Regional MPs to debate polythene ban

In Summary

March 3–A region wide law to limit production and use of polythene bags is going to […]

The manufacturing and industrial lobby has considerale clout.

The proposed law will see the prohibition, manufacturing, sale and importation and use of  polythene materials in the East Africa.

March 3–A region wide law to limit production and use of polythene bags is going to be debated by the East African Legislative Assembly (EALA) in Kigali next week.

Rwanda was the first East African Community (EAC) member state to impose a total ban on plastic bags that has been enforced ever since 2002. Admirers cite this as a major reason why Kigali is one of the cleanest cities in Africa,

In the meantime, the rest of the environmentalist lobby across the region has been fighting a bruising battle, but last year Tanzania announced a ban effective January 1st, 2017. Exemptions were made for specific medical, construction and industrial uses.

EALA member, Patricia Hajabakiga (Rwanda), is pushing for the EAC Polythene Materials Control Bill, 2016. It aims at providing a legal framework for the preservation of a clean and healthy environment through the prohibition of manufacturing, sale, importation and use of polythene materials. The Bill was re-introduced during the EALA sitting held last August in Arusha, Tanzania.

Top on the list is the  light non-biodegradable plastic bags associated with retail outlets and markets. The rest of the EAC members have been flirting with bans and restrictions on polythene materials that do not stick, because implementation remains haphazard and often compromised by special interest groups.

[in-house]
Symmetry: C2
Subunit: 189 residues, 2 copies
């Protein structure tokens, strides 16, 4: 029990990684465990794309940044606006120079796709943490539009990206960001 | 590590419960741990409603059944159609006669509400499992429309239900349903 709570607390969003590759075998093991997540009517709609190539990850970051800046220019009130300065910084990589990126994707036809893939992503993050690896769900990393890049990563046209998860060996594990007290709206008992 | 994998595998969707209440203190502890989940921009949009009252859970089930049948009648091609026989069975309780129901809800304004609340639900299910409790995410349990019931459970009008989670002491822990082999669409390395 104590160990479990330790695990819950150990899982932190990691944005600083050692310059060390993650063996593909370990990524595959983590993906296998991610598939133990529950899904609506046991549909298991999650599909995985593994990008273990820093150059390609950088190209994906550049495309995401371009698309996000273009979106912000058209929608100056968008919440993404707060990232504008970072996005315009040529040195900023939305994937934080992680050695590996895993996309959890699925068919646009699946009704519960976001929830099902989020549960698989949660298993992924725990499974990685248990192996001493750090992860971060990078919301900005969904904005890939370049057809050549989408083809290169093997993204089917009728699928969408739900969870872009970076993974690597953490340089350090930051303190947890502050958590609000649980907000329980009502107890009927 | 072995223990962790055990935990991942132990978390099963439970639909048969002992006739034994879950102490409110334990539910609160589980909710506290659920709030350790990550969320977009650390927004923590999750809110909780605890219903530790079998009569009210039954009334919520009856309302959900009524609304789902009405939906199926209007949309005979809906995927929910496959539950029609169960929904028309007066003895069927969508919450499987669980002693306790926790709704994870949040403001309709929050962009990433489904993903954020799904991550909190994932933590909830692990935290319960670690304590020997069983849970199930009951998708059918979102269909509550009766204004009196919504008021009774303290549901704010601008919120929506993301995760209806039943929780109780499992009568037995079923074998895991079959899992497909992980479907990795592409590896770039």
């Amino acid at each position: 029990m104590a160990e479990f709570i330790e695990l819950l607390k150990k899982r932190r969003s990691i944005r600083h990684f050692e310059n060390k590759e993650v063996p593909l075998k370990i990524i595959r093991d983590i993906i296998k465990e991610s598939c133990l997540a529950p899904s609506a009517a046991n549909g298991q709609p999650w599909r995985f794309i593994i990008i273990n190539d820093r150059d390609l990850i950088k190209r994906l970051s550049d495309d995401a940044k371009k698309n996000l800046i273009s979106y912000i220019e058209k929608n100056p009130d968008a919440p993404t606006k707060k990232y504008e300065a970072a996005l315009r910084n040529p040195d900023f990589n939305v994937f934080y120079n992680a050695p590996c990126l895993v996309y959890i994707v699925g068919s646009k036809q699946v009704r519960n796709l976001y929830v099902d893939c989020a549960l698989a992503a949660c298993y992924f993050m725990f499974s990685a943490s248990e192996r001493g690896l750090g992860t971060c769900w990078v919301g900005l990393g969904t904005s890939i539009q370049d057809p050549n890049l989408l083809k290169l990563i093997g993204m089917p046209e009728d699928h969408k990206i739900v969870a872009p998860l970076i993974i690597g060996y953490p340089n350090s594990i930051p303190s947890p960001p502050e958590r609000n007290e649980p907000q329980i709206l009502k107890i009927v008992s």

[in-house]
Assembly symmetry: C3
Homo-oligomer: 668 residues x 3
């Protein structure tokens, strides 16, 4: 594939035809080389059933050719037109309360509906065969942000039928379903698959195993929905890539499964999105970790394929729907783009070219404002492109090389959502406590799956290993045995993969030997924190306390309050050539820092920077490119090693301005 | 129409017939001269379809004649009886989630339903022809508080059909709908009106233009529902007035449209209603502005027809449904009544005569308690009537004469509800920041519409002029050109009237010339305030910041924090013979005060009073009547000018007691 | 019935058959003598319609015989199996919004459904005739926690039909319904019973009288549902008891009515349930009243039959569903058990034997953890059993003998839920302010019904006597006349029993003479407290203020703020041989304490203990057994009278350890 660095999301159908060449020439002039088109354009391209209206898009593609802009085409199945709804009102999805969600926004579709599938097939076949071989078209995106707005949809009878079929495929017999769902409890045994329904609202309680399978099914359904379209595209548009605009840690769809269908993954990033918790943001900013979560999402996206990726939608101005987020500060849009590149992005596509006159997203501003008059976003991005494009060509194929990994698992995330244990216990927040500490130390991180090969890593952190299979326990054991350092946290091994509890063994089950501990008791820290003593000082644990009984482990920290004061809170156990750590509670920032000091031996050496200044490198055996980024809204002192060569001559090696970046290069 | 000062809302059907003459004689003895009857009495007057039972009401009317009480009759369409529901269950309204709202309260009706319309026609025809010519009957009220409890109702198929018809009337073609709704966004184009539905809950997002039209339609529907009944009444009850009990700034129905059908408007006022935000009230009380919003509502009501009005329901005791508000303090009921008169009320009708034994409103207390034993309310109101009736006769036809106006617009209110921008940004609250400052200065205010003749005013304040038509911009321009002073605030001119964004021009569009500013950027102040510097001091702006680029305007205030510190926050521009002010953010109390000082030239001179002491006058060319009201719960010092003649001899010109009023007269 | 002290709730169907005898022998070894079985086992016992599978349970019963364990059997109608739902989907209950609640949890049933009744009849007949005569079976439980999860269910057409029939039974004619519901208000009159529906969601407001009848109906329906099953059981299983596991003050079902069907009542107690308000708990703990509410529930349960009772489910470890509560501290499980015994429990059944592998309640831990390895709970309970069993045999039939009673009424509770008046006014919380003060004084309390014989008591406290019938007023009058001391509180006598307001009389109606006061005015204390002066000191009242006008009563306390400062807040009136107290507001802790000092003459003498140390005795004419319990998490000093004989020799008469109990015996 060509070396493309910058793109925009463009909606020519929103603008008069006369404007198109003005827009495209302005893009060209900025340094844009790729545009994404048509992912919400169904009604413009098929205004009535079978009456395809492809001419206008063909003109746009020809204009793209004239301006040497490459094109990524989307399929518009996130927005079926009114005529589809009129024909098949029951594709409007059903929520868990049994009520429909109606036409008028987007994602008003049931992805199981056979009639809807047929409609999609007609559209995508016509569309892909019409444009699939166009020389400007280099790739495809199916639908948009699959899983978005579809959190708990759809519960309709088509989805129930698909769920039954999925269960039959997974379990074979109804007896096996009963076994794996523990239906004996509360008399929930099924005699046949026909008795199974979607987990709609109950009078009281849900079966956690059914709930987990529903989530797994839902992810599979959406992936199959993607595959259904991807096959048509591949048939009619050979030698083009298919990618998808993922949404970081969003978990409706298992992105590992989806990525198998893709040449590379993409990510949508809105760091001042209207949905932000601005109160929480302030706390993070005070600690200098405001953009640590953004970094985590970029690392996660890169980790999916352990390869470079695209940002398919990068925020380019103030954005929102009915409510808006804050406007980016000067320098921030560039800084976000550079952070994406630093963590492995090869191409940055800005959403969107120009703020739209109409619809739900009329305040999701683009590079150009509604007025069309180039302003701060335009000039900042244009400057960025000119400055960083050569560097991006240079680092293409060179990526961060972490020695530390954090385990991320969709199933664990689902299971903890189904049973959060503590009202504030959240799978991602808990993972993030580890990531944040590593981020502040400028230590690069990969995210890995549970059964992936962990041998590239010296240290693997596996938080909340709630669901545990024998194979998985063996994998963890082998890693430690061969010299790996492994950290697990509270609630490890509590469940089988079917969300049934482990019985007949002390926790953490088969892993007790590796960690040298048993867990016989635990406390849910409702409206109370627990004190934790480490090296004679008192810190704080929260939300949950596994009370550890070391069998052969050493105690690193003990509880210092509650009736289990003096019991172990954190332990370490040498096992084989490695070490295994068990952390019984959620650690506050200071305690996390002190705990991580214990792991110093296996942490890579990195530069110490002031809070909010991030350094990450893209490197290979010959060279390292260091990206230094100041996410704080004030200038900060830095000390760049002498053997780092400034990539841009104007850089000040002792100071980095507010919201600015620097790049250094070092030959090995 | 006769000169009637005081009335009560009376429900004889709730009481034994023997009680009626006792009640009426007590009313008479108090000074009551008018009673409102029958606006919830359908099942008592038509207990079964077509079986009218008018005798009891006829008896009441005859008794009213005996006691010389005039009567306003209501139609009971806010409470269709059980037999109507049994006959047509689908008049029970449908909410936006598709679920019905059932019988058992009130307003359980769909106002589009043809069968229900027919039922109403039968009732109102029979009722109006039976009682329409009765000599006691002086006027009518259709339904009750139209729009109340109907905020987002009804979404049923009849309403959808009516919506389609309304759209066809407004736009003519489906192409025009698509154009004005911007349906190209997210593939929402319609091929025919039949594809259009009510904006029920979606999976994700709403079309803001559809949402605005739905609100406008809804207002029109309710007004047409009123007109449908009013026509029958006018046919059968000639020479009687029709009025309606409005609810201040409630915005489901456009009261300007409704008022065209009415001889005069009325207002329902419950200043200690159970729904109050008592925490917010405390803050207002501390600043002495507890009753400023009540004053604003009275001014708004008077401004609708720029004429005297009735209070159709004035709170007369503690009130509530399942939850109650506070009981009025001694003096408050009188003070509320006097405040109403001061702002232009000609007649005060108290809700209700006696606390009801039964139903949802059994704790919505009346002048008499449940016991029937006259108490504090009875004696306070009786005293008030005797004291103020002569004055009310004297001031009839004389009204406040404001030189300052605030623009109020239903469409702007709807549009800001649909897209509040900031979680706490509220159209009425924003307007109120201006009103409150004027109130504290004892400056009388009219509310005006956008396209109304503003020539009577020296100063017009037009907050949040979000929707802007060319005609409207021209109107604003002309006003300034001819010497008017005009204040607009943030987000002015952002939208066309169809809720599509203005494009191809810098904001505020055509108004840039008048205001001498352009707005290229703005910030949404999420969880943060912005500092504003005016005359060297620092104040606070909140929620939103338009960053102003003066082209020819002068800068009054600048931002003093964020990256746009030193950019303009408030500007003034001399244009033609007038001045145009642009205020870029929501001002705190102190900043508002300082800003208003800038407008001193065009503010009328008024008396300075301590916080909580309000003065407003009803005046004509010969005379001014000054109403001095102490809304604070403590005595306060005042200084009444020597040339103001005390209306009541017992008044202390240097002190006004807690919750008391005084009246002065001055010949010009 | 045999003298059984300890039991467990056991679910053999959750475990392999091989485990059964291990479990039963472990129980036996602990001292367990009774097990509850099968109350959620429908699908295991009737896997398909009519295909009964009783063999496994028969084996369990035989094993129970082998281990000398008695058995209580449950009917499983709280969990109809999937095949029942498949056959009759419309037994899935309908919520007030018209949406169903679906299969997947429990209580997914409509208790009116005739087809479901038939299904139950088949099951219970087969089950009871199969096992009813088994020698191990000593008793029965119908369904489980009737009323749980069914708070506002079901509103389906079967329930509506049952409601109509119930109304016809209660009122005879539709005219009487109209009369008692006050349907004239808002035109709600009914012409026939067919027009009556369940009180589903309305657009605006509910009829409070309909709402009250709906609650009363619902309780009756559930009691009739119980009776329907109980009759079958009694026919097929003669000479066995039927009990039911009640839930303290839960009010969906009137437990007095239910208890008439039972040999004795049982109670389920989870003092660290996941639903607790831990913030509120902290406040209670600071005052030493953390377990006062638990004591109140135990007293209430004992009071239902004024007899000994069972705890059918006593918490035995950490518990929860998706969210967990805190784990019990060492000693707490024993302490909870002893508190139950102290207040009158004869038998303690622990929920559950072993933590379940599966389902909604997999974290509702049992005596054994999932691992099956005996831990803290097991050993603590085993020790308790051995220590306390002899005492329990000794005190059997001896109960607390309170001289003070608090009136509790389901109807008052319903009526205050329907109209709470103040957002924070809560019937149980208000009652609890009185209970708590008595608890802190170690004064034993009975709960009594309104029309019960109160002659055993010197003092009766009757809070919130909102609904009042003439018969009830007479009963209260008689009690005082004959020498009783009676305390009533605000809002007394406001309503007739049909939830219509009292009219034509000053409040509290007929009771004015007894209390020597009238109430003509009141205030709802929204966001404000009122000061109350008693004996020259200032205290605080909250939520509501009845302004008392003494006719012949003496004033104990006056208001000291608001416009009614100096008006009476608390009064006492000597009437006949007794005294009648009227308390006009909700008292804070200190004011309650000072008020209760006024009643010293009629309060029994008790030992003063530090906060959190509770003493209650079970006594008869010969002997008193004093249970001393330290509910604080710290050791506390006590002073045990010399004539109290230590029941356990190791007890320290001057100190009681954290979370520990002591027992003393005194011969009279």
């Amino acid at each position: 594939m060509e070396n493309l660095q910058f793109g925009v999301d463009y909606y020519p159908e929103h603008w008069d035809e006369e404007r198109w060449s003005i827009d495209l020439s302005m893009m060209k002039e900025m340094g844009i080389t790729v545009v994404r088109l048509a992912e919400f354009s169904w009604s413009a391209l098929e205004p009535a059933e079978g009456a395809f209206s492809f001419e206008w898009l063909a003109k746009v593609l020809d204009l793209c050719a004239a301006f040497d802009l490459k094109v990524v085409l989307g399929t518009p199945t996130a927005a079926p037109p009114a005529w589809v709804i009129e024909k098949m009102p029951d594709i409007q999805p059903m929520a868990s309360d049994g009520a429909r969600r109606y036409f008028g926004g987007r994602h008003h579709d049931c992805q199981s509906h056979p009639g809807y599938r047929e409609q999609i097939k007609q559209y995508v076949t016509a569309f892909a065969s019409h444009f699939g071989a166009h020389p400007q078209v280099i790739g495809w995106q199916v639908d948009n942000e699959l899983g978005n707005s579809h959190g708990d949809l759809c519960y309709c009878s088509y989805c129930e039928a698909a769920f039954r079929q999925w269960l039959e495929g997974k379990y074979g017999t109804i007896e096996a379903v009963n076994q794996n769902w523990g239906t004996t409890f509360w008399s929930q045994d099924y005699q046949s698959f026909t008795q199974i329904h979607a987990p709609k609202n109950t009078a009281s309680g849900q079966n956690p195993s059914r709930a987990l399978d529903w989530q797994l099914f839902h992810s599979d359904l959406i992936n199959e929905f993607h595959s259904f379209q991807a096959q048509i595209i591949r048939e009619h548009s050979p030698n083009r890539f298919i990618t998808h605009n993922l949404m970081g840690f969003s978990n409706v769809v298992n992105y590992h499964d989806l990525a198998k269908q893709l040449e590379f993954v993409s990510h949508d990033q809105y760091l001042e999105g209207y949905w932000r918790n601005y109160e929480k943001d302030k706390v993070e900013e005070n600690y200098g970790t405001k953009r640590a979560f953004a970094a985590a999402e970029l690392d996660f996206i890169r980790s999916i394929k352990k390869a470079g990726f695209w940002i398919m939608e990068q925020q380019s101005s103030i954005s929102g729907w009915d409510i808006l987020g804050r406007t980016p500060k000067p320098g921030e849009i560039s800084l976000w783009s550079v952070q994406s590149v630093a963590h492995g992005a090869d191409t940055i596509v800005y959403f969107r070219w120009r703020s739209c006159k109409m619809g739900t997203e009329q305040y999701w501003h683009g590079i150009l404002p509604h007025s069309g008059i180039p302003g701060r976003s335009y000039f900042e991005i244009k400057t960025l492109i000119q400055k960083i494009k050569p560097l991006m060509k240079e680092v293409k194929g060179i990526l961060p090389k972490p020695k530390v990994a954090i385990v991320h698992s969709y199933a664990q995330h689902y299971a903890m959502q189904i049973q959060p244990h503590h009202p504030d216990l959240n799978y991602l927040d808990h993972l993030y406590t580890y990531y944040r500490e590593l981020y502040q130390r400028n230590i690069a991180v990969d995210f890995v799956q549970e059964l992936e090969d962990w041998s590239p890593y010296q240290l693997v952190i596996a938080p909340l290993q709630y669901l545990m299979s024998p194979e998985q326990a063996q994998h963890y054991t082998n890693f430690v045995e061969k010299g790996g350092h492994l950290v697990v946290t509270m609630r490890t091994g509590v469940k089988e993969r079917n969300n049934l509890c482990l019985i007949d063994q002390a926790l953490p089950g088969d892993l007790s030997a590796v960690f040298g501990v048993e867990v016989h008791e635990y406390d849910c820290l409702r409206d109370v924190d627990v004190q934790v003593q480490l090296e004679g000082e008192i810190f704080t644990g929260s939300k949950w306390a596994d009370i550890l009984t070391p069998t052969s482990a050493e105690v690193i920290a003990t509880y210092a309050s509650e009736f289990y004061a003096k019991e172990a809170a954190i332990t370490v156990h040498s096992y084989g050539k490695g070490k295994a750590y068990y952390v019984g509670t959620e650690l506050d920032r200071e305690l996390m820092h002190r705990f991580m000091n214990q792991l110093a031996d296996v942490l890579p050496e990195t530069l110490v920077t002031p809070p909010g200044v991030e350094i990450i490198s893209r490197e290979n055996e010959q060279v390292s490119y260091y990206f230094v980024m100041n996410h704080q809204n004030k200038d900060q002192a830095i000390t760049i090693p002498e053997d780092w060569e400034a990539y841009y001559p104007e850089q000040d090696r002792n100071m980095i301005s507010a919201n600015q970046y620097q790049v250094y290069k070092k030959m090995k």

Last year, Kenya suggested a levy on the bags as opposed to a total ban, due to the clout wielded by certain quarters in the manufacturing and industrial segments of the economy. They fear higher overhead costs in using alternatives and secondly Kenya happens to be the region’s biggest maker of polythene materials.

Uganda has banned plastic bags more than once, the latest coming two years ago. But public quarrels between government ministries over the merits of the ban and concerns of what negative effects this will have on industry has allowed these bags to remain in circulation.

The Fifth Meeting of the Fifth Session of the Third Assembly ends on Thursday, March 16th and President Paul Kagame is expected to address a Special Sitting on March 6th, 2017.

Also on the agenda for debate are reports from various Committees of the House, including that of the Communications, Trade and Investment Committee on the status of the Railway Infrastructure Development in the Partner States and another on the oversight activity on the One Network Area in the EAC.



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